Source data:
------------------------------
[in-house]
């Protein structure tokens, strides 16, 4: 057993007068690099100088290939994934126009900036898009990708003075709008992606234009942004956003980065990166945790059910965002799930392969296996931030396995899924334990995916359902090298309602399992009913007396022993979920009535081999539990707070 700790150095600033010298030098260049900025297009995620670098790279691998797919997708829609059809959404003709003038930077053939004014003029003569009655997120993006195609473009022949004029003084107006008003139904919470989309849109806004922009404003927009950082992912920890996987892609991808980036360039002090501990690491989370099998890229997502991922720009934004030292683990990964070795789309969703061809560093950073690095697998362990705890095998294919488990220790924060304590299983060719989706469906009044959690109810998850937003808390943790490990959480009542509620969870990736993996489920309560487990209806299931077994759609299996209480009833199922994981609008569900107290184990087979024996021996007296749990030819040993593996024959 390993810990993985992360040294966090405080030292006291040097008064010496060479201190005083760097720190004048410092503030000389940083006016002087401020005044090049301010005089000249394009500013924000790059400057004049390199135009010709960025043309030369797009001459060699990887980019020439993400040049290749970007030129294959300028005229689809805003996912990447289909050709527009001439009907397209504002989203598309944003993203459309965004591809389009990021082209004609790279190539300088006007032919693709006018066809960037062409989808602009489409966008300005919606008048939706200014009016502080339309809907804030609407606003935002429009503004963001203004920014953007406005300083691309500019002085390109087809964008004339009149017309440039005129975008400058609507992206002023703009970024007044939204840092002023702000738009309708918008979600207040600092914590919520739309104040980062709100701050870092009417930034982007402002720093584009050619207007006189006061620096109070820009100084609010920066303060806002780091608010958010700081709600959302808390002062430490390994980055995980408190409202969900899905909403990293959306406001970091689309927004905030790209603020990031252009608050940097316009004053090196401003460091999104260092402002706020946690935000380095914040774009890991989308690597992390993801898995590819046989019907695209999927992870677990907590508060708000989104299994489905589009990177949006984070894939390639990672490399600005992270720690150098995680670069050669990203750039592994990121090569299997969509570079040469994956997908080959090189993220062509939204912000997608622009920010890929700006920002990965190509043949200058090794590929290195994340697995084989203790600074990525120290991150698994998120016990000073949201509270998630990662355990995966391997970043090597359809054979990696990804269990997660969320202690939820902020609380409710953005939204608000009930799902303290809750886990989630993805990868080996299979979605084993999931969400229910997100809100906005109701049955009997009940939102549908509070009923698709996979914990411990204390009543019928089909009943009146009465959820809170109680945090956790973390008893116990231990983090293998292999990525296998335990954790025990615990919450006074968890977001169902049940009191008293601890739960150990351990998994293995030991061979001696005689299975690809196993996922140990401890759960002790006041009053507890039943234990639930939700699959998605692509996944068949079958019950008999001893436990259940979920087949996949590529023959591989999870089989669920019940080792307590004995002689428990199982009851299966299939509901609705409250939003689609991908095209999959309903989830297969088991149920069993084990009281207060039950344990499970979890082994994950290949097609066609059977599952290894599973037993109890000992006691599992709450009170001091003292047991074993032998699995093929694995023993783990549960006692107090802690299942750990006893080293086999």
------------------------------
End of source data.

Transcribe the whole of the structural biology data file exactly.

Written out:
[in-house]
């Protein structure tokens, strides 16, 4: 057993007068690099100088290939994934126009900036898009990708003075709008992606234009942004956003980065990166945790059910965002799930392969296996931030396995899924334990995916359902090298309602399992009913007396022993979920009535081999539990707070 700790150095600033010298030098260049900025297009995620670098790279691998797919997708829609059809959404003709003038930077053939004014003029003569009655997120993006195609473009022949004029003084107006008003139904919470989309849109806004922009404003927009950082992912920890996987892609991808980036360039002090501990690491989370099998890229997502991922720009934004030292683990990964070795789309969703061809560093950073690095697998362990705890095998294919488990220790924060304590299983060719989706469906009044959690109810998850937003808390943790490990959480009542509620969870990736993996489920309560487990209806299931077994759609299996209480009833199922994981609008569900107290184990087979024996021996007296749990030819040993593996024959 390993810990993985992360040294966090405080030292006291040097008064010496060479201190005083760097720190004048410092503030000389940083006016002087401020005044090049301010005089000249394009500013924000790059400057004049390199135009010709960025043309030369797009001459060699990887980019020439993400040049290749970007030129294959300028005229689809805003996912990447289909050709527009001439009907397209504002989203598309944003993203459309965004591809389009990021082209004609790279190539300088006007032919693709006018066809960037062409989808602009489409966008300005919606008048939706200014009016502080339309809907804030609407606003935002429009503004963001203004920014953007406005300083691309500019002085390109087809964008004339009149017309440039005129975008400058609507992206002023703009970024007044939204840092002023702000738009309708918008979600207040600092914590919520739309104040980062709100701050870092009417930034982007402002720093584009050619207007006189006061620096109070820009100084609010920066303060806002780091608010958010700081709600959302808390002062430490390994980055995980408190409202969900899905909403990293959306406001970091689309927004905030790209603020990031252009608050940097316009004053090196401003460091999104260092402002706020946690935000380095914040774009890991989308690597992390993801898995590819046989019907695209999927992870677990907590508060708000989104299994489905589009990177949006984070894939390639990672490399600005992270720690150098995680670069050669990203750039592994990121090569299997969509570079040469994956997908080959090189993220062509939204912000997608622009920010890929700006920002990965190509043949200058090794590929290195994340697995084989203790600074990525120290991150698994998120016990000073949201509270998630990662355990995966391997970043090597359809054979990696990804269990997660969320202690939820902020609380409710953005939204608000009930799902303290809750886990989630993805990868080996299979979605084993999931969400229910997100809100906005109701049955009997009940939102549908509070009923698709996979914990411990204390009543019928089909009943009146009465959820809170109680945090956790973390008893116990231990983090293998292999990525296998335990954790025990615990919450006074968890977001169902049940009191008293601890739960150990351990998994293995030991061979001696005689299975690809196993996922140990401890759960002790006041009053507890039943234990639930939700699959998605692509996944068949079958019950008999001893436990259940979920087949996949590529023959591989999870089989669920019940080792307590004995002689428990199982009851299966299939509901609705409250939003689609991908095209999959309903989830297969088991149920069993084990009281207060039950344990499970979890082994994950290949097609066609059977599952290894599973037993109890000992006691599992709450009170001091003292047991074993032998699995093929694995023993783990549960006692107090802690299942750990006893080293086999």